Surprising someone with an unexpected interview is a good way to get to know them. Doing that twice, though, is perfect way to get on their nerves. When I had the idea to write about Chilean shoemaker Nelson Ujeda I thought it'd be a piece of cake. The first time I talked to him, out of sheer curiosity, he opened himself like a flower, talking loads about his life and his profession: making high-heeled shoes for a very specific clientele, the workers and residents of Baixo Augusta. But the second time I walked into his shop, SAPATARIA (which is Portuguese for "shoe shop"), in the middle of the afternoon of a sunny Thursday, I found a clouded-over man. I should have known that a guy who picked such a literal name for his business wouldn't have much patience.
This Chilean's been in Brazil ten years and has been in business for the same amount of time, and he seemed really grumpy with the passers by. The area's "hot" right now: in the middle of the brothels and the dirty old bars, lots of nightspots have opened in the past few years, attracting groups of successful types, alternative kids, tourists, and emos. Nelson only wanted to talk about how those people discriminate against immigrants. I gave him plenty of space, and soon enough he came out with it: He was livid with his landlord, who, up-to-date on neighborhood changes (and thus lusting after more digits in his bank account), wants to get rid of SAPATARIA and get some more financially interesting tenants.
All my enthusiasm fell flat. I argued that the interview wouldn't affect his business (in Vice? Seriously?). He totally transferred his unease about shady Brazilians onto me, and the bastard even tried to play hard to get, saying he'd had to turn down interviews from other journalists, including from a big TV station. Sure. But since I already knew how vain he was and wasn't prepared to set aside my own vanity so fast, I knew I could get past his stubbornness. Some compliments about his shoes – how they were super trendy and other fashion-y words – and his softer side came out, though still under the condition that my recorder stay off.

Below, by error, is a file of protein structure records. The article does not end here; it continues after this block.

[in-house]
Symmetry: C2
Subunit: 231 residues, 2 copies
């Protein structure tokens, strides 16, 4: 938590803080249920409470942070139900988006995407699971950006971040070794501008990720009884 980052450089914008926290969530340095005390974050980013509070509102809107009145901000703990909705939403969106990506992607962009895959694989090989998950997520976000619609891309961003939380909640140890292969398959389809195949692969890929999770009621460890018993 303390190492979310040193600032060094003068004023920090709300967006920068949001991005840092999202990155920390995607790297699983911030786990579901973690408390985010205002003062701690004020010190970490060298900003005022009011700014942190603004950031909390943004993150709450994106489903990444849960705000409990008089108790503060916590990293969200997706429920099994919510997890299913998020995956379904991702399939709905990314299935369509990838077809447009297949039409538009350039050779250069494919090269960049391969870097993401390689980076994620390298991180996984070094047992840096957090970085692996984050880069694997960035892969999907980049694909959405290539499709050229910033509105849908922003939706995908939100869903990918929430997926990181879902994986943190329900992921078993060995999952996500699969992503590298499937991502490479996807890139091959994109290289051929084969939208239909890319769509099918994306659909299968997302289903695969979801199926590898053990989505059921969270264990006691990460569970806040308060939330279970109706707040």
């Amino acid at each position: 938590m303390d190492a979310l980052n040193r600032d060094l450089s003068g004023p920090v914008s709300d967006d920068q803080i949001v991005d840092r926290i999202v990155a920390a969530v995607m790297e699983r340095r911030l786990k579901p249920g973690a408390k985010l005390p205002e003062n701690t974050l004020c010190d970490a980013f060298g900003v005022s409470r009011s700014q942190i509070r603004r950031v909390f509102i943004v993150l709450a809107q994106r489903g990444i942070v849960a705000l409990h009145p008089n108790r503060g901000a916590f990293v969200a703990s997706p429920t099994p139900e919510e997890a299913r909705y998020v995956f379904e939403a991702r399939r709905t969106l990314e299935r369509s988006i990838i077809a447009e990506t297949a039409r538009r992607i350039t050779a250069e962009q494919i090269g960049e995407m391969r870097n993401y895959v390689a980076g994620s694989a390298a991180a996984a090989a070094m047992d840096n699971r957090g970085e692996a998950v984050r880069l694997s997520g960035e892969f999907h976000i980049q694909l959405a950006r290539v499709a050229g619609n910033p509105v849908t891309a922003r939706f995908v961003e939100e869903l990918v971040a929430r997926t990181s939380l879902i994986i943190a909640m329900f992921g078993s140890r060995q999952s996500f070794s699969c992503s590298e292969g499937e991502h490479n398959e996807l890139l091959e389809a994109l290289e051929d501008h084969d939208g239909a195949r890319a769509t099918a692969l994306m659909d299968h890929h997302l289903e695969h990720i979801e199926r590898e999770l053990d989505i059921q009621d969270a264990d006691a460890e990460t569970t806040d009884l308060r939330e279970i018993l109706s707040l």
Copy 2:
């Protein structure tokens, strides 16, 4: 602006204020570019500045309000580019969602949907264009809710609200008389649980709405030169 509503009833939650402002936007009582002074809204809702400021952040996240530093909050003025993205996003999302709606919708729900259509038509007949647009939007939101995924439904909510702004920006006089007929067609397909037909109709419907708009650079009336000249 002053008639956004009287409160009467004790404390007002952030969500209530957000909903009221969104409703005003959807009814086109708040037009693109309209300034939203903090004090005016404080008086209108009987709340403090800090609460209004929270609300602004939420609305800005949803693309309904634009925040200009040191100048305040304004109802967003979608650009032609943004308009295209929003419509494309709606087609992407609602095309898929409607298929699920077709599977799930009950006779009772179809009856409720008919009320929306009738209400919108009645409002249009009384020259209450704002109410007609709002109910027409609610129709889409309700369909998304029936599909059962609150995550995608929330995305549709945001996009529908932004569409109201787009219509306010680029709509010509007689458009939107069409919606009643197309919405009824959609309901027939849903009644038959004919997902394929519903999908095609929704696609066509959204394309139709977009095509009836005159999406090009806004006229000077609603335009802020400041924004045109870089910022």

Nelson Ujeda's reinforces his shoes with super-high translucent heels made from injected resin. They're definitely worthy of the area hos and the fashion bitches. All the models at SAPATARIA are made by Nelson, who learned his trade by scrutinizing other shoes and copying them. His father owned a shoe factory in Chile but he didn't want to follow his dad into the profession. Being a shoemaker was a curse, he said, returning to his earlier crappy mood, a destiny he tried to escape by becoming a mechanic after his dad abandoned the family.
But necessity and his experience in his father's factory made him a shoemaker, and a good one. His shoes are beautiful, like I repeatedly said, trying to encourage him. “Have you seen this one?” Nelson said, showing me a shoe. It was a copy of a little Japanese model, the Sabrina Sato. It was in a magazine.
“You know nothing makes itself,” he said, revealing his secret that he works by modifying the copies on the same standard heel, repeated in different designs, in leather or polishes. When a local prostitute came in to ask for a different heel (the Anabela model), he barely thought for a second, just said, “I've only got these heels here.” The hooker walked out with saying a word.
GABI GARCEZ DUARTE